While the language and contracts of property and casualty products are different from those in the disability insurance world, the spirit of these two worlds can overlap. We are not licensed in property and casualty insurance, nor claim to know the intricacies of the policies. But we’ve bought plenty of polices though, for both commercial and personal purposes, and there’s a common theme. It’s all about protection.
We meet with a lot of different producers in all different specialties of insurance and financial services. Many of them have told us that they bring up a client’s need for disability insurance by including a page about this product in every presentation. The concept is about protecting assets and creating financial plans. The biggest asset we all have, and the foundation of any financial plan, is our ability to work.
Homeowners coverage will assist in rebuilding our homes if they are destroyed by a covered condition in the contract. In most cases, a home isn’t the biggest asset someone has to insure. The ability to work and pay the mortgage is our biggest asset. Say the cost of a home was $500,000 and the income of the primary earner is $100,000. If the primary earner is age 40 and plans to work until age 65, then their potential earnings would be over $2,500,000. Of course, this doesn’t include inflation and increases in income. Nonetheless, the pure numbers give you a great idea of the value of future earnings.
Why do you think a client doesn’t buy disability insurance? Usually because their producer doesn’t present the idea or concept to their client. In fact, if you sell personal lines, how many times have you discussed with your client the need or concept of disability insurance?
It would be unusual for a client not to want to insure their home. In fact, for most, it would simply be unthinkable. Yet many clients will leave their income and future income exposed to the hundreds of sicknesses or types of accidents that could leave someone unable to work.
Anyone who owns a business needs liability insurance and most likely other types of insurance to protect the business. But many business owners leave out the biggest asset the business owner has to protect and that’s their personal income. For example, take a dentist with four employees. If that dentist can’t work due to an accident, injury or sickness, then how will his personal income be affected?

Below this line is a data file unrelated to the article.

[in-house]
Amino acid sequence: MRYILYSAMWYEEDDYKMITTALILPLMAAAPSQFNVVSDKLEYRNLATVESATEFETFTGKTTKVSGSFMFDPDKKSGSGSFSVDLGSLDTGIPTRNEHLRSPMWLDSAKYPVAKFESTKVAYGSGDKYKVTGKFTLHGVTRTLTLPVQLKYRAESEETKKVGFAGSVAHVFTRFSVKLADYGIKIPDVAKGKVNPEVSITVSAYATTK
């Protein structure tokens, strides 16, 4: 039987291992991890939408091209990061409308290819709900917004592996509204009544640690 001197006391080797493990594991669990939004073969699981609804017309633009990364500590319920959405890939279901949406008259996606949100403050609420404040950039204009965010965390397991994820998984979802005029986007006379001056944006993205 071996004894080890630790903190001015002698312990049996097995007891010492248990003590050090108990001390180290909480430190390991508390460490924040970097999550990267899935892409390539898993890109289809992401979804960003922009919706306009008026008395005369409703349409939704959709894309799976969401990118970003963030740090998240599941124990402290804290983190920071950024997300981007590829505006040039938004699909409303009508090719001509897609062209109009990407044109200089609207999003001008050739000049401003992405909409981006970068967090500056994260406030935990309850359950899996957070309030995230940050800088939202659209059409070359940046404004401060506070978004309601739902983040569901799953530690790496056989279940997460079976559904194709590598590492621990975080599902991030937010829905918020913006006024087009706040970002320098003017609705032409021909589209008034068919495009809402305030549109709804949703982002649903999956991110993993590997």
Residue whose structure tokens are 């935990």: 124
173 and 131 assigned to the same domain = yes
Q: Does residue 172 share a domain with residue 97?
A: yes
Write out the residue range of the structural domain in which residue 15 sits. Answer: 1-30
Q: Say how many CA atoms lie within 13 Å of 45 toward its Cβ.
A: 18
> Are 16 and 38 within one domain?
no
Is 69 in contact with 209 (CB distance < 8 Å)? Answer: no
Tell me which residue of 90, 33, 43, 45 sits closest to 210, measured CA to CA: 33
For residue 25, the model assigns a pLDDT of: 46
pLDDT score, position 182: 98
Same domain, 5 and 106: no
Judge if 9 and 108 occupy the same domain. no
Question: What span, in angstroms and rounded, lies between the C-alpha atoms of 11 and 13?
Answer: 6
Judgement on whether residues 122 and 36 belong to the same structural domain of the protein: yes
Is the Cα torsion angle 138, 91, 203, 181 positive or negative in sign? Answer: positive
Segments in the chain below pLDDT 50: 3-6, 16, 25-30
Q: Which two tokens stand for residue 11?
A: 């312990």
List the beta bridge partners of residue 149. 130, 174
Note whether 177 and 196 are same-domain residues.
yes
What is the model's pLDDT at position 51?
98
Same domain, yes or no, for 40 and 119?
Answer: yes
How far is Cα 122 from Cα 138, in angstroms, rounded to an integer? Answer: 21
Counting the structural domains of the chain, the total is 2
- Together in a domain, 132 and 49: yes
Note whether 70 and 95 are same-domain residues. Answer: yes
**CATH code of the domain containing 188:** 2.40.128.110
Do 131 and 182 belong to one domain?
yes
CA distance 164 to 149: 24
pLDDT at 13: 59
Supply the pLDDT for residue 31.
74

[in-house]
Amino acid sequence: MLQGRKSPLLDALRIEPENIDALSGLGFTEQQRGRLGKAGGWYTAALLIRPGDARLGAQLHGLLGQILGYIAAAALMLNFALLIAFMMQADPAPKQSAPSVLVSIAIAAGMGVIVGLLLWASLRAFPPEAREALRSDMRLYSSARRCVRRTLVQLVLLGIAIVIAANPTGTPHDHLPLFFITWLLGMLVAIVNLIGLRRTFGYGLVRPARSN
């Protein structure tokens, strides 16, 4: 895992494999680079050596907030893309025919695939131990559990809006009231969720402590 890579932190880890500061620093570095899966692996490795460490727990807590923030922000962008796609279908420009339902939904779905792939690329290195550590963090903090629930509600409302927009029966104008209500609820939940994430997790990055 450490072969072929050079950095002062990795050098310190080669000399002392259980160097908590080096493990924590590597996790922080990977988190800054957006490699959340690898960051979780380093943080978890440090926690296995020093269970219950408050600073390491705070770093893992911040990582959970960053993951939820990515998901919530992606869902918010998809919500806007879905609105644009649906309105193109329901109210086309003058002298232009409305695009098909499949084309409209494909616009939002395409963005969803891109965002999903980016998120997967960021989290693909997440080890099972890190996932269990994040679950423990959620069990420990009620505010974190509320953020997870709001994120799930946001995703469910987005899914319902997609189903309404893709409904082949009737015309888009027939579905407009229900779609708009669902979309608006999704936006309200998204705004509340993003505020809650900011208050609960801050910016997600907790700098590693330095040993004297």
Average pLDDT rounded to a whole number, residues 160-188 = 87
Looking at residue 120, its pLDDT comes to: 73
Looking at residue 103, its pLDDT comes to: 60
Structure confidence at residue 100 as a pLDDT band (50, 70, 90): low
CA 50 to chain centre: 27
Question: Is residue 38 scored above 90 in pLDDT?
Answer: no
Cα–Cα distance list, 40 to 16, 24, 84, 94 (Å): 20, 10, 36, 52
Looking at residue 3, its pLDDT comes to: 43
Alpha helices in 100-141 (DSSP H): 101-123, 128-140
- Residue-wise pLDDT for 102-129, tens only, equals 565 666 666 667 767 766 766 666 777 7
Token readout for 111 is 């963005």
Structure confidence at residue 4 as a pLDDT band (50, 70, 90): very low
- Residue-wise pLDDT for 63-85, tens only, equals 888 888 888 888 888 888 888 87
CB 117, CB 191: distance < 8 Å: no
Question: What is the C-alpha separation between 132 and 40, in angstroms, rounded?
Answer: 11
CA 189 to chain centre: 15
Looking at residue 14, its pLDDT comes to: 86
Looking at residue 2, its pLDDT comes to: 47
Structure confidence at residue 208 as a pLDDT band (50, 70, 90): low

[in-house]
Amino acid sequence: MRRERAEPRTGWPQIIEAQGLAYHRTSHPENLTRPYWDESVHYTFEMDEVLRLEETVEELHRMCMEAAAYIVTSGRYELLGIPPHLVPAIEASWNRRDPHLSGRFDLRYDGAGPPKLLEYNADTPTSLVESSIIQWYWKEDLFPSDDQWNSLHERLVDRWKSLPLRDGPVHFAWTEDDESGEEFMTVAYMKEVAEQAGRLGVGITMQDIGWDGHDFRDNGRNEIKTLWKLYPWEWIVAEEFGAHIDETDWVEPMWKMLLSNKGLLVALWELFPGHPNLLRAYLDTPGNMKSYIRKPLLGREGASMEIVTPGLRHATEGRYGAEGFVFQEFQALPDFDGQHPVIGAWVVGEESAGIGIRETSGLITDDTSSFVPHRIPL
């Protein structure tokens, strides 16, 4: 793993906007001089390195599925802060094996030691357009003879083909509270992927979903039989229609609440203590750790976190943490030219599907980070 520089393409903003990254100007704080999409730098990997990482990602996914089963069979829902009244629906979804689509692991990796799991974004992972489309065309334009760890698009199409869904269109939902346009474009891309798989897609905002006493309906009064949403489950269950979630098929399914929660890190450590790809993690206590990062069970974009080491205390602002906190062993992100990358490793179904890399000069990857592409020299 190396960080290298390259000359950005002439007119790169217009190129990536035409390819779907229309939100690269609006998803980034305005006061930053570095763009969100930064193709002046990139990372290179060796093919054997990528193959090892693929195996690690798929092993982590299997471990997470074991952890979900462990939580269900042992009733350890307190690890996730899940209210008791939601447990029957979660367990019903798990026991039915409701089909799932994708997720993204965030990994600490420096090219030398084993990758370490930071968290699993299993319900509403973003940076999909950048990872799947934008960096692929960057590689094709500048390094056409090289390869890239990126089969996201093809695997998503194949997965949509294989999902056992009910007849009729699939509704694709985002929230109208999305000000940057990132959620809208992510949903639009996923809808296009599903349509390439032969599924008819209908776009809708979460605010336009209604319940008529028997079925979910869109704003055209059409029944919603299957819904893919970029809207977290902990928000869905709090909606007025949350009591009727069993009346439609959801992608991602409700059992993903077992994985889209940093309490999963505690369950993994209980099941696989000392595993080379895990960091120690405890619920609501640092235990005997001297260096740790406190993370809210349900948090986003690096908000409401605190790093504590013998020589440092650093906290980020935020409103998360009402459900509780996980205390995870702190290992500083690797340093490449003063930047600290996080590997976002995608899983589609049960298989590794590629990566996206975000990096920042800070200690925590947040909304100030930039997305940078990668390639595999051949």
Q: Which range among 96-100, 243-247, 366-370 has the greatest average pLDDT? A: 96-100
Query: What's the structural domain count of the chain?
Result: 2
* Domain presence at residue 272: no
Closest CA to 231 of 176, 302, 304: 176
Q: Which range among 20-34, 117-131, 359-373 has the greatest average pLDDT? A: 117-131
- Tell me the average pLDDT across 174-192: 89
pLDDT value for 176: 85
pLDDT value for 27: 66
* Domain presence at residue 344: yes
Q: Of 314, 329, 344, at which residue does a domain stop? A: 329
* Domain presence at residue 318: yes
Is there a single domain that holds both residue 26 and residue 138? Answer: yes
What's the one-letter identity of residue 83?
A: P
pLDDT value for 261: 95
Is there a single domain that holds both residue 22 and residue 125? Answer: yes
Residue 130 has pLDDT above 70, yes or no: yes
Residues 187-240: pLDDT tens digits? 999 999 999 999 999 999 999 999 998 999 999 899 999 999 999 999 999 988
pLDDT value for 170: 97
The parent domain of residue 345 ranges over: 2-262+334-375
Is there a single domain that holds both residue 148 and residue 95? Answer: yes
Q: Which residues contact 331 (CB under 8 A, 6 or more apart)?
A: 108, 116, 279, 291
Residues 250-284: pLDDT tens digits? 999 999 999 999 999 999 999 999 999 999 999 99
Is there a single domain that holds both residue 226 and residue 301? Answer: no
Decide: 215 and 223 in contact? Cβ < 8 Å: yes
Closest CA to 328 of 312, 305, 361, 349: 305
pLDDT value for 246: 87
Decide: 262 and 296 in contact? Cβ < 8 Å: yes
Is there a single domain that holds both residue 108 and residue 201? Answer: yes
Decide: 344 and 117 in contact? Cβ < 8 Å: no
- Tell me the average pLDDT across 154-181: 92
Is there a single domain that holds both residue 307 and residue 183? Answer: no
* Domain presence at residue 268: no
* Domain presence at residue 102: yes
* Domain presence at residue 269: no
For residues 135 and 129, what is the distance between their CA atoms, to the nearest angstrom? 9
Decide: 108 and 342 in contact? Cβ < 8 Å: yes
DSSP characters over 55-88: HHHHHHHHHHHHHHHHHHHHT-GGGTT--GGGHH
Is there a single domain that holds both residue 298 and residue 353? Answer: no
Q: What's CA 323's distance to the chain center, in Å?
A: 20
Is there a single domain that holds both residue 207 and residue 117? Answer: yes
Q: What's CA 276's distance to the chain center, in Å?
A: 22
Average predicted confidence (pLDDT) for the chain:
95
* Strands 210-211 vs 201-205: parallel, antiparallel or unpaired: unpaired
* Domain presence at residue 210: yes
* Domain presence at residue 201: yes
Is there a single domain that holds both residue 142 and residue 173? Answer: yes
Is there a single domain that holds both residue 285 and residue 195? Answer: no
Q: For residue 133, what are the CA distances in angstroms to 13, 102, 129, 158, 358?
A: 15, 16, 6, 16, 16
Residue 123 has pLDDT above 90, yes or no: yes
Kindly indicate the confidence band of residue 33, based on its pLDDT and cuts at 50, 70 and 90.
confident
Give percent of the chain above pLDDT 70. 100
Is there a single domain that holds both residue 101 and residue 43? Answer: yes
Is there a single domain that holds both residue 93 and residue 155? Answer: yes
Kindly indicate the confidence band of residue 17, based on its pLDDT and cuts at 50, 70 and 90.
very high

In fact, that dentist, and many small business owners, have tremendous liability that many producers completely overlook. When a small business owner commits to a lease payment, that payment needs to be made regardless of the owner’s ability to work. If the business owner wishes to retain the employees while hopefully recovering from an injury or sickness, then the employees need to be paid. The expense to run a business can be hundreds of thousands per year if not more! And many producers do not let their clients know about Business Overhead Expense disability insurance (BOE). This insurance could literally save a business from its demise if the small business owner were unable to work.
Ask your client, “What would be more damaging to your small business, a flood or your ability to work in that business?” We are sure there could be examples of equal devastation, but the spirit of the question is that the ability to work is extremely important to any small business owner.
If you work in commercial lines and work with small businesses owners, when was the last time you discussed the importance of BOE insurance? You’ll be surprised once you start to ask the question to your clients. “What’s your business plan if you were unable to work while trying to recover from an injury or sickness? How would your business revenue or income suffer?” If the revenue or income would decrease due to the business owner’s absence, then there’s usually a need for BOE insurance.
Take advantage of your ability and need to conduct an annual review of property and casualty insurance products and review your client’s life and disability insurance needs as well. It may be as simple as confirming the beneficiary designations for the life insurance while asking if your client’s personal and/or business expenses have changed, perhaps requiring the need to increase disability insurance coverage. The mere asking of these service type questions is often enough to start the conversation about the importance of these products.